Ithaca Police are still investigating a rape that allegedly occurred in the early morning hours of Oct. 28 at the Alpha Sigma Phi fraternity (Rockledge) at 804 Stewart Ave.
The reported incident “comes as a big surprise to the [fraternity] brothers and to the house,” said Kurt Hoffman ’02, who was president of Rockledge last fall.
The Cornell University Police Department (CUPD) was first informed of the incident Nov. 9, when a relative of the victim reported that a rape may have occurred 12 days earlier at the fraternity, according to Linda Grace-Kobas, director of Cornell News Service.
After conducting an investigation, which included an interview with the victim, CUPD “determined that there was no immediate danger to the community, and so [it] did not issue a campus crime warning,” Cornell Police Capt. Randall H. Hausner ’85 said in a statement to The Sun.
According to Hoffman and other fraternity members, no special events, including those involving alcohol, were held at the house on the weekend of Oct. 27-29. At those house events which do involve alcohol, Hoffman stated that the fraternity follows all rules.
Since the rape allegedly occurred at Rockledge, which is located off-campus, the investigation was transferred to the Ithaca Police Department. CUPD’s preliminary investigation yielded inconclusive results, and concluded Dec. 15 with no assailants identified and no charges filed, according to Hausner.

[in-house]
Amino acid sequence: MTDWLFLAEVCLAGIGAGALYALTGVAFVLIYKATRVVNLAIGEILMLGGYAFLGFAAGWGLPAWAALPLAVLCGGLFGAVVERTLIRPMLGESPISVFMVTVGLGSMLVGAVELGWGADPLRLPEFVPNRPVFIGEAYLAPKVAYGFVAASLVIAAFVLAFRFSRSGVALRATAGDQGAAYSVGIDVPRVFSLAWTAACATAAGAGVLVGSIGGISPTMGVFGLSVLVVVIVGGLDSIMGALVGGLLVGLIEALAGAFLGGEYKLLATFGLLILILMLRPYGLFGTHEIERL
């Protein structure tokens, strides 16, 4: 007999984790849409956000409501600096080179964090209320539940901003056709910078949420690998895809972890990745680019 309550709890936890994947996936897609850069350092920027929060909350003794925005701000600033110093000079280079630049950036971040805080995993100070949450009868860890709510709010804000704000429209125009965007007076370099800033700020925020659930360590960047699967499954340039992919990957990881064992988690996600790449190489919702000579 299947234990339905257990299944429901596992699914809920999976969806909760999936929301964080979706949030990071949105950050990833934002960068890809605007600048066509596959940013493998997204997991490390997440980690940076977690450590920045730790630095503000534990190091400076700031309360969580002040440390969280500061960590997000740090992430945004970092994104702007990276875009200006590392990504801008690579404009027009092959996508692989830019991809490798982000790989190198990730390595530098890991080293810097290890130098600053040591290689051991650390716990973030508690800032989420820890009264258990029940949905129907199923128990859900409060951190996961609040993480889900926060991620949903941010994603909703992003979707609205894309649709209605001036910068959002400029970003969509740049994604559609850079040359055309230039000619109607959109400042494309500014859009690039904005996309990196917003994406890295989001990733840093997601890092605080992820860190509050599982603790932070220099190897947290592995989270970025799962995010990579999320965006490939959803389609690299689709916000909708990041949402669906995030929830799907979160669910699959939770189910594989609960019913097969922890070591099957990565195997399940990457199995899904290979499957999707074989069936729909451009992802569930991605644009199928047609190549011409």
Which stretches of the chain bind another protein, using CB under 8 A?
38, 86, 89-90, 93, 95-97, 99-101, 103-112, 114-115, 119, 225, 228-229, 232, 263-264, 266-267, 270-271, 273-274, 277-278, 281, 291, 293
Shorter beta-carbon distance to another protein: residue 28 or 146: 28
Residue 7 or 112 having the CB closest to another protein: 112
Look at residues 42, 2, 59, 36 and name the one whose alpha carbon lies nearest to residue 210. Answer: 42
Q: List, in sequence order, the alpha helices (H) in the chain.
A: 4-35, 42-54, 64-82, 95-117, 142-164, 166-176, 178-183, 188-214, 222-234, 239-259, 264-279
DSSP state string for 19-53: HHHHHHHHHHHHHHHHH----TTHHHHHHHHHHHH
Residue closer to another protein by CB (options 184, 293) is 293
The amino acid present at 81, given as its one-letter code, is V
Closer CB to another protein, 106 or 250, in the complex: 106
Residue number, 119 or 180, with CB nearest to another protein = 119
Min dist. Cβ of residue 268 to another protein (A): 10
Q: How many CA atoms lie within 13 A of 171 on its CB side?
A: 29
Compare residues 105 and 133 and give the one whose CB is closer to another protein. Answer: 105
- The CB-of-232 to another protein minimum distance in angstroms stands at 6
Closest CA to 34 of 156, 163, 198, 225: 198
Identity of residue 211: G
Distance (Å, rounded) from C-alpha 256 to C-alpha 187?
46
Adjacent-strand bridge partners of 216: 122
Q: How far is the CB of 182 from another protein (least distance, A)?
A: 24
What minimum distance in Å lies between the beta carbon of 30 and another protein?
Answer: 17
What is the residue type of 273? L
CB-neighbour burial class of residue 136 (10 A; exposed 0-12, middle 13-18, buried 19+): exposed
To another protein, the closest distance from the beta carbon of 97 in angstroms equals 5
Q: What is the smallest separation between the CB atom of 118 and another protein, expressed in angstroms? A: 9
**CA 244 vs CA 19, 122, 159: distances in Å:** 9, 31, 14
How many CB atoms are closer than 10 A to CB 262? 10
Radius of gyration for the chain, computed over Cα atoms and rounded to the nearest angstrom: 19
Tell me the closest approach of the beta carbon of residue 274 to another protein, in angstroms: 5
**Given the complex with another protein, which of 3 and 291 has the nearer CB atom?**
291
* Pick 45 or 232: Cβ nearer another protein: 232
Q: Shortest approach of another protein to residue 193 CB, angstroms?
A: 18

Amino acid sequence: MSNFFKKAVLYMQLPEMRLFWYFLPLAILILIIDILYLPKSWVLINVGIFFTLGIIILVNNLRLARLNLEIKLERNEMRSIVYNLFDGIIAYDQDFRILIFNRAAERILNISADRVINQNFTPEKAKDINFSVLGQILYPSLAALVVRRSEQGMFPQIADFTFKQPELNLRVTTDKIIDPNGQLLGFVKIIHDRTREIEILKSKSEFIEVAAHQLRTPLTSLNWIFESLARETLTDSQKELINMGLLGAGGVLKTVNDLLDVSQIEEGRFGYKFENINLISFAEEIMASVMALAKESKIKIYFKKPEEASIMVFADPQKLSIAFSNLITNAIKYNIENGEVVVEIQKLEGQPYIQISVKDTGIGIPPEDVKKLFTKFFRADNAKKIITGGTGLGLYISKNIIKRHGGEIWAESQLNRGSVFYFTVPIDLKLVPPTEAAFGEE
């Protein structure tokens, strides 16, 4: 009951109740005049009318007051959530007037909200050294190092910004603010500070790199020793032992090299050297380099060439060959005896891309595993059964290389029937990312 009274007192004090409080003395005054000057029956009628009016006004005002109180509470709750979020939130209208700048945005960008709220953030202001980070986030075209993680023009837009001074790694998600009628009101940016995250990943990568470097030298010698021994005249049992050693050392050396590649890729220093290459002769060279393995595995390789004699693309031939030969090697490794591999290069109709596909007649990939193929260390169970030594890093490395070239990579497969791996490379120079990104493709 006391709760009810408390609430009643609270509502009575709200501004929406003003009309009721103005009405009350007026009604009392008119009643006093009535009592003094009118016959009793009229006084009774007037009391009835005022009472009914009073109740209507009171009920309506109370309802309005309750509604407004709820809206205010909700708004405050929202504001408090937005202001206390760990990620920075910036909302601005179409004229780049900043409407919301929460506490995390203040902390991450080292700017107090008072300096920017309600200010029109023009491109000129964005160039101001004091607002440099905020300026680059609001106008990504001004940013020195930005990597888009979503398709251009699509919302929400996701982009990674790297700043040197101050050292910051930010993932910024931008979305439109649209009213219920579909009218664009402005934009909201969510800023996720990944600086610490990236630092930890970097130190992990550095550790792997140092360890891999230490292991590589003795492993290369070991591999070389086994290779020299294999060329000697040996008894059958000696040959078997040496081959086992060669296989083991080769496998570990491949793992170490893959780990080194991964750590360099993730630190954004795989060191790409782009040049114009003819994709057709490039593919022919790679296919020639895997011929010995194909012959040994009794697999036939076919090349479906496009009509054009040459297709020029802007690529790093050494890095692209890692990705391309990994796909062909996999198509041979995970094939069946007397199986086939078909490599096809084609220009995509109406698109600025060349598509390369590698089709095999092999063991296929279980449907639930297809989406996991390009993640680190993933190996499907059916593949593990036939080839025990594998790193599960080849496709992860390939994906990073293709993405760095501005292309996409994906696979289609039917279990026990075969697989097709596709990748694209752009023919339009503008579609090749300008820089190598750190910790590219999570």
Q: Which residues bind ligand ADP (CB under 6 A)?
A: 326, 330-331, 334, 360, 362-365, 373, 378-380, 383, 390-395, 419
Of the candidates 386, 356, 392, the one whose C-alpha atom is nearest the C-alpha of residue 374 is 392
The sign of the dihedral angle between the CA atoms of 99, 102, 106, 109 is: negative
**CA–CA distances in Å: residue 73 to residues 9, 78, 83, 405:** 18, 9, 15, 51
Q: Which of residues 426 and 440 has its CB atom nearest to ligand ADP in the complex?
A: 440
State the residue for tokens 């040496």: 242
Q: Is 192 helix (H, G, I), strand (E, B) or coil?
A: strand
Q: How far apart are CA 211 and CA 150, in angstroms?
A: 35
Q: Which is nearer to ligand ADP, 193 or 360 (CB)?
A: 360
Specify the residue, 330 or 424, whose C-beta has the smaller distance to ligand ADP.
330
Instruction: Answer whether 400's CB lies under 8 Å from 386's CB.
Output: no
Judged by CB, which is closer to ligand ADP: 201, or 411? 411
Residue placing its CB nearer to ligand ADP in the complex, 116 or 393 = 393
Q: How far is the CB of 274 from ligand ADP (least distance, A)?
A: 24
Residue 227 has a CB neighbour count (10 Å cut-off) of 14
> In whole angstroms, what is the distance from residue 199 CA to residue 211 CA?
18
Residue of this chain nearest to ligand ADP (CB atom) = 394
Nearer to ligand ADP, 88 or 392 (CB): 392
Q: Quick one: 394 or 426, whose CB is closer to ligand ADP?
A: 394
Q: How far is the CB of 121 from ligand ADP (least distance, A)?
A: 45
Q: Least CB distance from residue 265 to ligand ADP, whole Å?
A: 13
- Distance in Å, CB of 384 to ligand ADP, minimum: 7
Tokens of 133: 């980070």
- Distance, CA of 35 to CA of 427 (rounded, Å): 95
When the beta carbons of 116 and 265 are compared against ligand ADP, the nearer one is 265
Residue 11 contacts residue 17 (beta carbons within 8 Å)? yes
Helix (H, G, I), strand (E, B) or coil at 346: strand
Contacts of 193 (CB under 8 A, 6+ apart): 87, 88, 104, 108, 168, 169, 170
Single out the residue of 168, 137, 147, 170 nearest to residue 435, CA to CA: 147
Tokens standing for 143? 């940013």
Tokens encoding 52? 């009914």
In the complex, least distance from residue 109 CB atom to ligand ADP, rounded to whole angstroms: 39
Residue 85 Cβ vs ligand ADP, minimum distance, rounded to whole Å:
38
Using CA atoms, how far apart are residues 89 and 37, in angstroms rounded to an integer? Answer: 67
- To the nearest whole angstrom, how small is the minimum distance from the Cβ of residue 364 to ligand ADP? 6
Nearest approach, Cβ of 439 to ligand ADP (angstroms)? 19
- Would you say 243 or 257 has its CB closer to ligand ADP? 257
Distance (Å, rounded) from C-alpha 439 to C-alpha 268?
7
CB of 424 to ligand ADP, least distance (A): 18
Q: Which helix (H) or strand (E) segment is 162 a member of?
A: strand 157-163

Ithaca Police have not yet released any information about the case, including whether or not the victim was a Cornell student.
According to Grace-Kobas, the victim “received support services from both local Ithaca community and Cornell counseling services.”
Victims of sexual assault in the Cornell community can call Gannett Health Services at any time for medical and counseling services (255-5155), said Sharon Dittman, associate director of community relations for Gannett.
Cayuga Medical Center of Tompkins County has on staff a team of nurse examiners, physicians and police officers who are specially trained to “assist survivors of sexual assaults with emotional, medical and legal issues,” Dittman said.
Although Gannett is not equipped with such a team, its staff does offer medical care and counseling for victims of sexual assault. They also offer testing for STDs (sexually transmitted diseases) and emergency contraception (within 72 hours of a sexual encounter) to anyone who requests it.
Among other services available in the Cornell and Ithaca communities for victims of sexual assault are CAPS (counseling and psychological services) at Gannett (255-5208); Center for Crime Victim and Sexual Assault Services of Tompkins County (CVSA) at 277-5000 (formerly Ithaca Rape Crisis); the Victim Advocacy Program, run through the office of the University Omnibudsman (255-1212); and Empathy, Assistance and Referral Service (EARS) (255-3277).
Archived article by Yoni Levine